FDAnews Drug Daily Bulletin


Nov. 23, 2005

Future growth opportunity for GlaxoSmithKline's (GSK) best-selling asthma treatment Advair could be curtailed if the firm places restrictions on the drug's use, as was recently recommended by federal regulators, say financial analysts.

The FDA put Advair (fluticasone propionate/salmeterol xinafoate) on shaky ground late last week when it recommended that GSK update its existing product labeling with new warnings and a medication guide to alert healthcare professionals and patients that the drug may increase the chance of severe asthma episodes.

Advair was one of three long-acting beta 2-adrenergic agonists (LABAs), a class of bronchodilators, singled out by the FDA, which warned that although LABAs are intended to reduce the frequency of asthma attacks, clinical data has shown that the drugs may make asthma episodes more severe when they occur. The other products named in the public health advisory were GSK's Serevent (salmeterol xinafoate inhalation powder) and Novartis' Foradil (formoterol fumarate inhalation powder).

Current product labeling for LABAs include warnings alerting patients that postmarketing trials showed the drugs might cause asthma exacerbations in some patients, but the FDA has asked for a stricter warning stating that Advair, Serevent and Foradil should not be first-line treatments for asthma.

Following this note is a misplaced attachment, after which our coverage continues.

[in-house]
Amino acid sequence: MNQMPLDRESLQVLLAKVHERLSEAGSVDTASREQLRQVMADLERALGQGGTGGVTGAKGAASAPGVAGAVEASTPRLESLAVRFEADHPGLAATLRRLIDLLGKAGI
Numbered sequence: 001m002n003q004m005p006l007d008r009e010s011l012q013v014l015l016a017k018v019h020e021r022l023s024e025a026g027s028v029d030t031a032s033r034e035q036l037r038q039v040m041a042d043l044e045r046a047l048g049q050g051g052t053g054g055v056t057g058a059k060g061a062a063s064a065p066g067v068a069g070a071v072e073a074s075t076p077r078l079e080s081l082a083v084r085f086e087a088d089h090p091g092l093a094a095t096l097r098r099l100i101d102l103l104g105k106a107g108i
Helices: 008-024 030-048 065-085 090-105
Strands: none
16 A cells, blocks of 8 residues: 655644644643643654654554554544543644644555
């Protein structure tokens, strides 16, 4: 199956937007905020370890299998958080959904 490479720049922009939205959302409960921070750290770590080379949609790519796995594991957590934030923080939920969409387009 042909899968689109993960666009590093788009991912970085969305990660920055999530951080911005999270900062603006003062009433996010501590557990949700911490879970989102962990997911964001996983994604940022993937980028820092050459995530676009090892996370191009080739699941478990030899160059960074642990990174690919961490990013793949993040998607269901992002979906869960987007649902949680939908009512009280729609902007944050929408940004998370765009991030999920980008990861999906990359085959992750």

Wall Street analysts said such a warning would limit the drugs' potential growth. "In our opinion, Advair's restriction to second line asthma is potentially a greater concern, as it could reduce the potential future growth opportunity for Advair by limiting penetration into early/mild asthmatics," Merrill Lynch analyst Graham Parry wrote in a recent research note.

Current Advair sales would probably not be affected by the proposed labeling revision, said Parry, who noted that a large proportion of Advair sales are likely in the second-line setting anyway, and patients who are well-controlled on Advair are unlikely to be switched onto other medications. However, he noted that the labeling recommendation is a concern, "particularly given [Advair] is one of the company's key growth drivers."

GSK said recently that it intends to "work with the FDA to address the differences of opinion about how best to communicate the benefit-risk profile of these medicines for optimal patient care." The FDA must negotiate labeling revisions with drug manufacturers because it doesn't have the authority to force firms to alter their product labels.